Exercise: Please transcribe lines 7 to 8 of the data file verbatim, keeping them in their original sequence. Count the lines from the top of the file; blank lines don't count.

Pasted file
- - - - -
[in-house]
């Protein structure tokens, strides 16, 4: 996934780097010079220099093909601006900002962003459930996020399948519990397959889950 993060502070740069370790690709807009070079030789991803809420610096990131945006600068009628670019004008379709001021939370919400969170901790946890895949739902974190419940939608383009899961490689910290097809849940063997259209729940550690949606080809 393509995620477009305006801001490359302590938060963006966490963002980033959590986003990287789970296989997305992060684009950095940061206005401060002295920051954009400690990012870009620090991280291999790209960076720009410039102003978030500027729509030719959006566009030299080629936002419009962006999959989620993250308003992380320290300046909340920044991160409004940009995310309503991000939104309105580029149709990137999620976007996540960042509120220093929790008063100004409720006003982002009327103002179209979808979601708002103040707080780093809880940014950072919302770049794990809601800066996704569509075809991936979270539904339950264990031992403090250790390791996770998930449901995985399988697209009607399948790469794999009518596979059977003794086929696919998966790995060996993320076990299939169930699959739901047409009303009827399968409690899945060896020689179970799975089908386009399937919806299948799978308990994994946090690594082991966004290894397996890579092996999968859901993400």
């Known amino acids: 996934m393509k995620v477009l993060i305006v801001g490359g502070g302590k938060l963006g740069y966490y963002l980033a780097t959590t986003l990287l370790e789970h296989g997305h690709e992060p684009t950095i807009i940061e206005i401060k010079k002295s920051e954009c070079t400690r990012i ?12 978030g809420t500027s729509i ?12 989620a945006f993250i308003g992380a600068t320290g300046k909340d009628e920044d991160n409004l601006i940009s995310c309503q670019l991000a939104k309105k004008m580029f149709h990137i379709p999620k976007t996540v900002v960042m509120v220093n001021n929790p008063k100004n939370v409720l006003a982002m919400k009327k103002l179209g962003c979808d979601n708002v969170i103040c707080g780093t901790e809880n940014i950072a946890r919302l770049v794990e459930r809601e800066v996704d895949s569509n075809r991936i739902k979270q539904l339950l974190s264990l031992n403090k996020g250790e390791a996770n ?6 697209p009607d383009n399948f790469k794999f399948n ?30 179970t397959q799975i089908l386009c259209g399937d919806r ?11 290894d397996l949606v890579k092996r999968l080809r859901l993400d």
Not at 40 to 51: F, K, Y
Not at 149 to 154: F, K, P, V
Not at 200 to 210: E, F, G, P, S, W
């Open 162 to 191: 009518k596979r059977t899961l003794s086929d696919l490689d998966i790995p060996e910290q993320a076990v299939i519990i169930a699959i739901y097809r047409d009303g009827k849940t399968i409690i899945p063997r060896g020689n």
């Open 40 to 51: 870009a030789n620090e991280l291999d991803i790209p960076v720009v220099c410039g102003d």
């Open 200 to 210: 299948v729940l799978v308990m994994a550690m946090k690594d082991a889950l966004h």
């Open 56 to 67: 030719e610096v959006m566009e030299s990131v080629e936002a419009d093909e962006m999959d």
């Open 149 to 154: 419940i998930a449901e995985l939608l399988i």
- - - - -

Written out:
């Open 162 to 191: 009518k596979r059977t899961l003794s086929d696919l490689d998966i790995p060996e910290q993320a076990v299939i519990i169930a699959i739901y097809r047409d009303g009827k849940t399968i409690i899945p063997r060896g020689n």
């Open 40 to 51: 870009a030789n620090e991280l291999d991803i790209p960076v720009v220099c410039g102003d």